DeFazio will face Republican Art Robinson for the fifth time in the November general election.

“Art’s persistent, you’ve got to give him that,” DeFazio said. “We’ll see what happens.”

DeFazio said Robinson was the first congressional candidate backed by a super PAC, billionaire Wall Street hedge fund speculator Robert Mercer. And he said Robinson was the first congressional candidate to use Cambridge Analytica, a company DeFazio said was stealing personal data in an effort to figure out how to sway voters.

“He’s had powerful allies in the past, and it hasn’t worked out so well, but I take nothing for granted, and I will vigorously campaign,” he said.


National_politics
Merkley says Senate needs to prioritize working families at town hall meeting in Elkton

U.S. Sen. Jeff Merkley said the Republican-led Senate focused on all the wrong things in 2017, prioritizing what people in power want over the needs of the working class.

Merkley, D-Oregon, made his comments at a town hall in Elkton Tuesday, and at a meeting with The News-Review Editorial Board in Roseburg beforehand.

Merkley was vague when asked by The News-Review whether he might make a run at the presidency in 2020. He said he’s exploring his options.

He believes a “blue wave” will likely restore a Democratic majority in the House in the November election, but was less certain the same would be true in the Senate, where 26 of the 35 seats up for election are already held by Democrats.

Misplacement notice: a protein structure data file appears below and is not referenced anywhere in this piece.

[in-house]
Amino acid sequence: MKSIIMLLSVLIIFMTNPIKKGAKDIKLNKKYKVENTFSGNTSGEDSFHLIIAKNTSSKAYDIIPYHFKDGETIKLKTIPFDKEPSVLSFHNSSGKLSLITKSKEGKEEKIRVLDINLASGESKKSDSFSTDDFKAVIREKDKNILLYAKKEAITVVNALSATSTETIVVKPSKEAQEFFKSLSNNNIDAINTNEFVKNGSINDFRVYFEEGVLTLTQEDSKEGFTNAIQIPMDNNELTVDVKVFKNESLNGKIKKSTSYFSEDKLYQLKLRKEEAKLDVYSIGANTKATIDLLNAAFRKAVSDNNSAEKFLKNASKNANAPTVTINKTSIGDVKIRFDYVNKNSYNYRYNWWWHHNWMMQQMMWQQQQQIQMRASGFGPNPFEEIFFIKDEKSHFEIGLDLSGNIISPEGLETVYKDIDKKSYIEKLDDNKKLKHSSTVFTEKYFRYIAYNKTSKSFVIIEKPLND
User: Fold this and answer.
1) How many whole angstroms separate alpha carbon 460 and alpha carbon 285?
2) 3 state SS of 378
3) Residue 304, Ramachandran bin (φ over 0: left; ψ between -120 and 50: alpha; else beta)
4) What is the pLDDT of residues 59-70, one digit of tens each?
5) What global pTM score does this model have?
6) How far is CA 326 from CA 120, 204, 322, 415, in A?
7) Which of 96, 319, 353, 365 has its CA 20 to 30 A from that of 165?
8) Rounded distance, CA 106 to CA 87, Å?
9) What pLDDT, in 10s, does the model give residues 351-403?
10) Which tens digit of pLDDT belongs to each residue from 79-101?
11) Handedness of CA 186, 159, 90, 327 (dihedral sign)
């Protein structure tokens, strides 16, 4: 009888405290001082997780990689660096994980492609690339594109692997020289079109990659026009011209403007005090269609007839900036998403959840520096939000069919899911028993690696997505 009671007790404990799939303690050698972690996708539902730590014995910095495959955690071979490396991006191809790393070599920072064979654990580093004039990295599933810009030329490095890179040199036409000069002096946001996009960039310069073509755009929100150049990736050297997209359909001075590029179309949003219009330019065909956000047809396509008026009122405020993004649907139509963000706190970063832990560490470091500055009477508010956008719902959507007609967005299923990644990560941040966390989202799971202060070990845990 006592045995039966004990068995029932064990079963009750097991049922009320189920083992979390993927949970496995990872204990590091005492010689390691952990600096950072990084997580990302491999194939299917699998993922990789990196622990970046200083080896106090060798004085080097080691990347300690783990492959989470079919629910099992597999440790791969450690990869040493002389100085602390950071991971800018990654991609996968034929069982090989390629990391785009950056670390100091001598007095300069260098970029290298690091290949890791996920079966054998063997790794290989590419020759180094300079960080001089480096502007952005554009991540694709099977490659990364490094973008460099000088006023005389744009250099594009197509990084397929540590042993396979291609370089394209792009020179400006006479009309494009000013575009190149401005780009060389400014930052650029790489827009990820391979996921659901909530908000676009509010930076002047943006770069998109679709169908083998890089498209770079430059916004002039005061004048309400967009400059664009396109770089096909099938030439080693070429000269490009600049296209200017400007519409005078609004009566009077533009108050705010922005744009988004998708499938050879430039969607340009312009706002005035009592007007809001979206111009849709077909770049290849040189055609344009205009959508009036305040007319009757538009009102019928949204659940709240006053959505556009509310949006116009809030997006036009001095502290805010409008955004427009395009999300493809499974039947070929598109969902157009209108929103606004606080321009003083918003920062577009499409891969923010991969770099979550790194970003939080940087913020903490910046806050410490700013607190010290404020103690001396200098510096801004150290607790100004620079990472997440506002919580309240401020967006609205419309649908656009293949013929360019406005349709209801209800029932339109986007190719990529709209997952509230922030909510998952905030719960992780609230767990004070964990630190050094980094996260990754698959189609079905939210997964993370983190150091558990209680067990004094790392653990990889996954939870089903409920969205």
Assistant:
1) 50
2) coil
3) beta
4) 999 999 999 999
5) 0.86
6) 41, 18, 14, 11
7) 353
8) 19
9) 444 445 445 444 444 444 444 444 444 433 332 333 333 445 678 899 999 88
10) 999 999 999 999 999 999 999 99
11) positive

“Everywhere I go I see folks disgusted with the degradation of the office of the presidency, and very concerned about this government by and for the powerful rather than for the people. We need to push back and reclaim policy that will help ordinary families do better,” Merkley told the editorial board.

At the town hall, Merkley spoke to about 150 people, taking questions on a variety of topics, from climate change to trade with China.

Elkton High School Senior Brad Meador said people his age voted for Bernie Sanders. He wanted to know what steps Merkley would take to advance a progressive agenda that could win back youth support for the Democratic party.